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Month in review

Reviews:
City Colors by Zoran Milich
Dandelion Wine by Ray Bradbury
Dazzle Joins the Screenwriter's Guild by Scott Bradfield
December 22, 2012 by Sophie M. White
For the Love of Books by Ronald B. Shwartz
The Free Fall of Walter Cummings by Tom Bodett
Genuine Men by Nancy Bruno
Going Back in Time by Laurel Winter
Hold Me Tight by Dr. Sue Johnson
Horns and Toes and In Between by Sandra Boynton
The Idiot Girls' Action-Adventure Club
A Jolly Good Fellow by Stephen V. Masse
Lion's Pride by Debbie Jordan
Killing Time by Caleb Carr
The Mark of Zorro by Johston McCulley
Mouse's Halloween by Alan Baker
A Moveable Feast by Ernest Hemingway
The New York Times at Special Bargain Rates by Stephen King
Past Perfect Present Tense by Richard Peck
Pharmakon by Dirk Wittenborn
Private Eye by Terry Bisson
Pug Hill by Allison Pace
Queen for a Day by Albert E. Cowdrey
Red Orc's Rage by Philip José Farmer
Sea Glass by Laurence Yep
The Secret Life of Bees by Sue Monk Kidd
Sheep on a Ship by Nancy E. Shaw
Sheep Take a Hike by Nancy E. Shaw
Sleepless Years by Steven Utley
Turtle Moon by Alice Hoffman
The Visionaries by Robert Reed
Where Angels Fear to Tread by E. M. Forster
Whoever by Carol Emshwiller

Previous month

Rating System

5 stars: Completely enjoyable or compelling
4 stars: Good but flawed
3 stars: Average
2 stars: OK
1 star: Did not finish

Reading Challenges

My Kind of Mystery Reading Challenge 2017 February - January 2017-8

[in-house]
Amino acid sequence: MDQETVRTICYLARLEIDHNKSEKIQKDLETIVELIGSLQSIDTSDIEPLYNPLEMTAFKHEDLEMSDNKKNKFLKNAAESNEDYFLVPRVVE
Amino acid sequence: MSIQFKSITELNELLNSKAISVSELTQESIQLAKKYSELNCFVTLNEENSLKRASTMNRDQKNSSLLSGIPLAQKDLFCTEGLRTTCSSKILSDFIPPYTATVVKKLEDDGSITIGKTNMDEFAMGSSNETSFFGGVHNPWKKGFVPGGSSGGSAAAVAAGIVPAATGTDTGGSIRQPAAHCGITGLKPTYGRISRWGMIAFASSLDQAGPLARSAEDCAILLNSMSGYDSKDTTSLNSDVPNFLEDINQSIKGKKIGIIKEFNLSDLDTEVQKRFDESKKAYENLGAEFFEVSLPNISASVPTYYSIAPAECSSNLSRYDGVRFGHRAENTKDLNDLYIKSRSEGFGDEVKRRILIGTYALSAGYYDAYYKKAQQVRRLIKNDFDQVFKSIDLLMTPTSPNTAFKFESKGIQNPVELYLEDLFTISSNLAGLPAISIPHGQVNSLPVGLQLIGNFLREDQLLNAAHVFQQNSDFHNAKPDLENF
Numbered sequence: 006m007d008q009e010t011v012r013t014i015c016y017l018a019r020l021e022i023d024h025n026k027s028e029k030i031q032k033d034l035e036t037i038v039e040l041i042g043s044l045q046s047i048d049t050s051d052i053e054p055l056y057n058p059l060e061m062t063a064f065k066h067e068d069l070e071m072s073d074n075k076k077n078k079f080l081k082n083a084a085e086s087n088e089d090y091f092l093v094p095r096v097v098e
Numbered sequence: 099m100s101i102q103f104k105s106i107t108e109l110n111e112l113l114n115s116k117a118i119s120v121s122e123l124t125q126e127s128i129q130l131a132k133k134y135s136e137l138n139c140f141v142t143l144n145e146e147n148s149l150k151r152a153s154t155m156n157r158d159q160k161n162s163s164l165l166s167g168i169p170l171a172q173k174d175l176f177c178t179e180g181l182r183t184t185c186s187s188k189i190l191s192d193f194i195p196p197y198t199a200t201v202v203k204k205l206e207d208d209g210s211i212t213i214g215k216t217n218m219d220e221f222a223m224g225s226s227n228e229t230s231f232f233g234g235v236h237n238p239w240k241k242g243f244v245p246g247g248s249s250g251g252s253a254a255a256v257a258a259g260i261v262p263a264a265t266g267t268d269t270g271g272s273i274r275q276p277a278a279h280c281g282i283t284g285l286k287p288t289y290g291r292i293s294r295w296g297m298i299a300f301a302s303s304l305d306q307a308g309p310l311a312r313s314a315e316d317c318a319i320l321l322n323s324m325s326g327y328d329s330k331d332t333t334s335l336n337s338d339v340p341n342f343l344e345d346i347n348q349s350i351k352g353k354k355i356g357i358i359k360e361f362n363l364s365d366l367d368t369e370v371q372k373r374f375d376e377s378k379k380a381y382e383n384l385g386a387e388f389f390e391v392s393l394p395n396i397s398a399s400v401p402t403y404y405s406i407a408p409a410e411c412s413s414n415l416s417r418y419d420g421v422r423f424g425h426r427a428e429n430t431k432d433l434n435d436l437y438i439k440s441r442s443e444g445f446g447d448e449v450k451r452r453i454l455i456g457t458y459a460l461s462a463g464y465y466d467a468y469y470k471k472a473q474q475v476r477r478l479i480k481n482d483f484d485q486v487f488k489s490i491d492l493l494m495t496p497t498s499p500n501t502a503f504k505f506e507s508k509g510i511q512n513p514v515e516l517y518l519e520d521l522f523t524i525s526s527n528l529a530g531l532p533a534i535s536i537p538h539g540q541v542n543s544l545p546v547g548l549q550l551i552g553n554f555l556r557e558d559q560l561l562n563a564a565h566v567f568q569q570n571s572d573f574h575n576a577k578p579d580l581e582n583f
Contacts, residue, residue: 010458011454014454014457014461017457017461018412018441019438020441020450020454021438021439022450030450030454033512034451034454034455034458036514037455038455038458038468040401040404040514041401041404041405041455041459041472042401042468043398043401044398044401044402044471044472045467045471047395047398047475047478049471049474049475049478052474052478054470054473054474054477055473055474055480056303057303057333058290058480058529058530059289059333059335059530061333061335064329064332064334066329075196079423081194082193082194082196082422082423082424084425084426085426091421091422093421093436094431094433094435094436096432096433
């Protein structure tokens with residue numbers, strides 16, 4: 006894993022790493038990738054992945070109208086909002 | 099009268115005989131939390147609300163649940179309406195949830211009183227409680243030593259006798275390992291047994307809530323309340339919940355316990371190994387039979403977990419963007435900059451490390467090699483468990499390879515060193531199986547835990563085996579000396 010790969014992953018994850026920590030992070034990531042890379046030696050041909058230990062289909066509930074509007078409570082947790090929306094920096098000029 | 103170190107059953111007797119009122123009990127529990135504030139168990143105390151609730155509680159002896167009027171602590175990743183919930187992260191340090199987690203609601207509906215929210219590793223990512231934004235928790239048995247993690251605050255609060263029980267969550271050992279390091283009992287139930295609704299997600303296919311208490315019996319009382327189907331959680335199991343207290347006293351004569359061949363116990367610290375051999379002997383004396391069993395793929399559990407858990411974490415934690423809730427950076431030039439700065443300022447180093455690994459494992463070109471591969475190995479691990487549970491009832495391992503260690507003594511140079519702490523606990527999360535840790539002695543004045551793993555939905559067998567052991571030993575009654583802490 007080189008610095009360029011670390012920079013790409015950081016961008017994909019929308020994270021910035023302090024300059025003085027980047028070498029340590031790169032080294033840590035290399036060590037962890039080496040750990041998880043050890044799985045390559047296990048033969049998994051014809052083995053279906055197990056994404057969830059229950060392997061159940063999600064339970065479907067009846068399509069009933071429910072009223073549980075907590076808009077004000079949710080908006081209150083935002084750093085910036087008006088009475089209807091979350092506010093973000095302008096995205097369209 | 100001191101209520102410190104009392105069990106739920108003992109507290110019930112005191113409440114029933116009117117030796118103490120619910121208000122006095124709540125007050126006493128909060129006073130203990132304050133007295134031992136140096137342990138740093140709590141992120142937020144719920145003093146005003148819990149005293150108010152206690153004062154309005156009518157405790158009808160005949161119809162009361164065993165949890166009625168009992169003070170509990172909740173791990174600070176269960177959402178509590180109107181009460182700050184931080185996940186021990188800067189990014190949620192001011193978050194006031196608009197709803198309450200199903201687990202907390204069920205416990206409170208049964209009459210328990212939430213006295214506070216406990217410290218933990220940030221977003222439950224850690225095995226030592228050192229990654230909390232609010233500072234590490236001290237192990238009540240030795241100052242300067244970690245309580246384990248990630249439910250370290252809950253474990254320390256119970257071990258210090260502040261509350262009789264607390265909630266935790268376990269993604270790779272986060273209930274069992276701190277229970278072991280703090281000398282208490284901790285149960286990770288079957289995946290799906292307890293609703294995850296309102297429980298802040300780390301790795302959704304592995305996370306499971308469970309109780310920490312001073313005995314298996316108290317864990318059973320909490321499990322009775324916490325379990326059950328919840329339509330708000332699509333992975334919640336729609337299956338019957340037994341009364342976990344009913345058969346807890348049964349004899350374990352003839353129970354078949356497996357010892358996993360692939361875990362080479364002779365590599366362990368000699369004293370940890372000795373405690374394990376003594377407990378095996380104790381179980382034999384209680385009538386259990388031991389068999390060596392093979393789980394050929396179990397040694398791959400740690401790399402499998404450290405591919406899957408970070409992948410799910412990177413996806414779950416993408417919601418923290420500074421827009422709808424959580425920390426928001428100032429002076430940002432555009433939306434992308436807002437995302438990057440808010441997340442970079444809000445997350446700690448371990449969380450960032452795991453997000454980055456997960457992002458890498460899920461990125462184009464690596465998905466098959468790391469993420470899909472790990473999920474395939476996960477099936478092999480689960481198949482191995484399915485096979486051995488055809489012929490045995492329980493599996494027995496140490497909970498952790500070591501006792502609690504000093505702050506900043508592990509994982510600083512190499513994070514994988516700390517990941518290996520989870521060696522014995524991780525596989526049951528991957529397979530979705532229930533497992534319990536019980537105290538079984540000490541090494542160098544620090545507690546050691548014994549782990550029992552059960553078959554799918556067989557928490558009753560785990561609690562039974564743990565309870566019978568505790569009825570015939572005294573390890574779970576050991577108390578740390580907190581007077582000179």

Comments for The Visionaries

The Magazine of Fantasy & Science FictionThe Visionaries: 10/15/08

Robert Reed's story "The Visionaries" takes a look at the science fiction industry and his own career. It's both humorous and mind bending.

The story at first reads much like the early chapters in Stephen King's memoir On Writing with the tales of the ever-growing rejection pile. Reed's stand-in, though, finds a benefactor to purchase his first novella about a man named "Merv."

According to "The Visionaries" a small set of writers are pulled to write about someone near to them in many ways but different in a "thousand other ways." I guess this calling would explain all the Mary-Sues running around in genre fiction.

Although Reed never names names one will probably be reminded of King, Bradbury, Asimov among others.

Reed continues to be one of my favorite regulars in F&SF.

I have also reviewed these stories by Robert Reed:

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